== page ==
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Interpretation Response #11-0229 ([Inogen, Inc.] [Mr. Matt Scribner])

Below is the interpretation response detail and a list of regulations sections applicable to this response.

Interpretation Response Details

Response Publish Date:

Company Name: Inogen, Inc.

Individual Name: Mr. Matt Scribner

Location State: CA Country: US

View the Interpretation Document

Response text:

October 13, 2011

Mr. Matt Scribner
Vice President of Operations
Inogen, Inc.
326 Bollay Drive
Goleta, CA 93117

Ref. No. 11-0229

Dear Mr. Scribner:

This responds to your September 16, 2011 email requesting clarification of the applicability of the Hazardous Materials Regulations (HMR; 49 CFR Parts 171-180) to a portable oxygen concentrator. You request confirmation that the Inogen One G3 portable oxygen concentrator (heretofore referred to as the G3) is not subject to the HMR.

Your company requested interpretations in 2004 and 2009 on the applicability of the HMR to previous generations of the G3. In our August 6, 2009 letter response, we stated that, provided the conditions in § 172.102, Special Provision 188 (SP 188) are met, the Inogen One G2 portable oxygen concentrator is not subject to further requirement under the HMR.

According to information provided with this request, your company has made modifications to Inogen One G2 resulting in the G3 design "without any functional changes that affect the overall safety of the device or its safe use on commercial aircraft." The most significant change to the G3 is a smaller battery. The G3 uses an 8-cell lithium ion battery pack and provides an optional extended life battery consisting of two 8-cell battery packs that are electrically isolated and mechanically separated when enclosed in the device. Specifically, you state: (1) each lithium ion cell has an equivalent lithium content of 0.87 gram; (2) the total equivalent lithium content of each 8-cell battery pack is 7 grams (~83.5 Wh); (3) the batteries are contained in the device and packaged in a manner to prevent sparks or the generation of a dangerous evolution of heat; (4) the pressure of the oxygen in the device is limited to less than 43.8 psia at 20 °C (68 °F); and (5) no other hazardous material subject to the HMR is contained in the device.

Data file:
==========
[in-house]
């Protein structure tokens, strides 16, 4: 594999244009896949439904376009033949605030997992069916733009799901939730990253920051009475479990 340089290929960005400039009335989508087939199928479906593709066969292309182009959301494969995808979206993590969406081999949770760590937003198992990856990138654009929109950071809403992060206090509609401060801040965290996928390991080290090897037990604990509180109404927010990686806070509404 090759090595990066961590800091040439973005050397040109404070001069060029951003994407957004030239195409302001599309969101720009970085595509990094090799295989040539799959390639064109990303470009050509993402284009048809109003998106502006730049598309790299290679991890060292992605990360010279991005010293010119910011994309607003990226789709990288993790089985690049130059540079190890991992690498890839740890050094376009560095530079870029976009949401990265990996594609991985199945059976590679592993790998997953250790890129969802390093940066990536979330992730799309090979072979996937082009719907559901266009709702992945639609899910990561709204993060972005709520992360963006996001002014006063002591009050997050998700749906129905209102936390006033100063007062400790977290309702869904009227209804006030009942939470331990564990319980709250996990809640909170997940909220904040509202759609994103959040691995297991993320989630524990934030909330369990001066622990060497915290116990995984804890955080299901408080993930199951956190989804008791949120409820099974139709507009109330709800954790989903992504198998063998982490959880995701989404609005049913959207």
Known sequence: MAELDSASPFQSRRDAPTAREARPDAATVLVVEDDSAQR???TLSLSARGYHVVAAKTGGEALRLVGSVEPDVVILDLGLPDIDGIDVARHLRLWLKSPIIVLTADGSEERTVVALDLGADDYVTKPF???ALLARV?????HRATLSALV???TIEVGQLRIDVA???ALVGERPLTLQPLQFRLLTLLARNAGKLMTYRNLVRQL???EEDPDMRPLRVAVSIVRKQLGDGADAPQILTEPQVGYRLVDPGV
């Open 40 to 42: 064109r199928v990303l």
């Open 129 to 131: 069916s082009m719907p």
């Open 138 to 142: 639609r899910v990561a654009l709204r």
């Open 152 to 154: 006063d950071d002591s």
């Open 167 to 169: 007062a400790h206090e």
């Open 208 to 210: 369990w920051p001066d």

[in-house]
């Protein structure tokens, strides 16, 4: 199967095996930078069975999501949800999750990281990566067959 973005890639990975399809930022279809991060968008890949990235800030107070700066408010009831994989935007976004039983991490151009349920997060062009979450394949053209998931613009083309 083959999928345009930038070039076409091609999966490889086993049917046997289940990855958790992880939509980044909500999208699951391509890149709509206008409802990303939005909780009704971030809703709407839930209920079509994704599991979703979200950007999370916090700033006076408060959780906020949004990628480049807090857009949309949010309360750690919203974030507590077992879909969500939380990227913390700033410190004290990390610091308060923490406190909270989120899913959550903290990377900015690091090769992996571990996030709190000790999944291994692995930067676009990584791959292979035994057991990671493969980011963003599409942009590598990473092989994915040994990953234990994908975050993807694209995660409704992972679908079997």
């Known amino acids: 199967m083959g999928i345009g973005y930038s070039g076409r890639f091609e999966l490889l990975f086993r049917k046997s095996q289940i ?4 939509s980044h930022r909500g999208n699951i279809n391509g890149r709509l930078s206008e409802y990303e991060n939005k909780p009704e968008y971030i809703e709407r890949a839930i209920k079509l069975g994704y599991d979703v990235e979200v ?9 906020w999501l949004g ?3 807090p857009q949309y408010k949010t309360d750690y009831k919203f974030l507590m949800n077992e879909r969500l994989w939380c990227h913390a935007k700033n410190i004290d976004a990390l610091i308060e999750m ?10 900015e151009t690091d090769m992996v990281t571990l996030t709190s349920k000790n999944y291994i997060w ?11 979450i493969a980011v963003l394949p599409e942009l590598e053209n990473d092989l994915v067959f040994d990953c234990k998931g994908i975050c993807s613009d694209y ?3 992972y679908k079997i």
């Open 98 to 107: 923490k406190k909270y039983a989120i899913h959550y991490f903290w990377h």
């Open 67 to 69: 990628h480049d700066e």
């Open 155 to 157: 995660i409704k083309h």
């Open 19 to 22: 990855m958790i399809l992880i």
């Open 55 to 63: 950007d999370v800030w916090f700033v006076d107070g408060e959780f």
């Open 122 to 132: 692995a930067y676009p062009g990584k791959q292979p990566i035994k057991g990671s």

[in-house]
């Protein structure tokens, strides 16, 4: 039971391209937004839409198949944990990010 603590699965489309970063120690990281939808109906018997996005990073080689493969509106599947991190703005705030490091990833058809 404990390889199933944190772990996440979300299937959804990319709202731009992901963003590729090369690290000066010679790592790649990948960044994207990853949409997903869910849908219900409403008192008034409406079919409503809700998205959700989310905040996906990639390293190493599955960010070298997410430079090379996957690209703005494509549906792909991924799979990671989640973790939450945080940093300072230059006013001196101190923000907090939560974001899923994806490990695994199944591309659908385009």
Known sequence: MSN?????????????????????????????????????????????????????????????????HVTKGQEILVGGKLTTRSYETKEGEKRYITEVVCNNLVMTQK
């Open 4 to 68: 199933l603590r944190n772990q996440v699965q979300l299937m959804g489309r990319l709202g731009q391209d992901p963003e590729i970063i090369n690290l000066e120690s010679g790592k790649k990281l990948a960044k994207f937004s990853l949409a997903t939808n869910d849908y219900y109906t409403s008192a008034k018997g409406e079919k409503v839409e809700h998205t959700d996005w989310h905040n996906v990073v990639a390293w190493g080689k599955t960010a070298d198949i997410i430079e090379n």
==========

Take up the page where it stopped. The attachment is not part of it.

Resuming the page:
Based on the information provided, the oxygen in the G3 is not subject to the HMR as a Division 2.2 non-flammable gas. Moreover, it is the opinion of this Office that the
G3 device and the lithium ion batteries contained in the device appear to conform to SP 188 for the transportation of small lithium cells and batteries. Note that as one of the conditions of SP 188, the lithium ion batteries must be of a type proven to meet the requirements of testing in the UN Manual of Tests and Criteria. Thus, provided the conditions in SP 188 continue to be met, the G3 is not subject to any other requirements in the HMR.

As in our previous responses, we note that, even with FAA approval, an air carrier ultimately determines what may or may not be carried on its aircraft. We suggest that you check with the airlines to ensure that the G3 may be carried aboard passenger aircraft.

I hope this information is helpful. If you have further questions, please do not hesitate to contact this office.

Sincerely,

Ben Supko
Acting Chief, Standards Development Branch
Standards and Rulemaking Division

172.102 SP 188

Regulation Sections

Section Subject
173.185 Lithium cells and batteries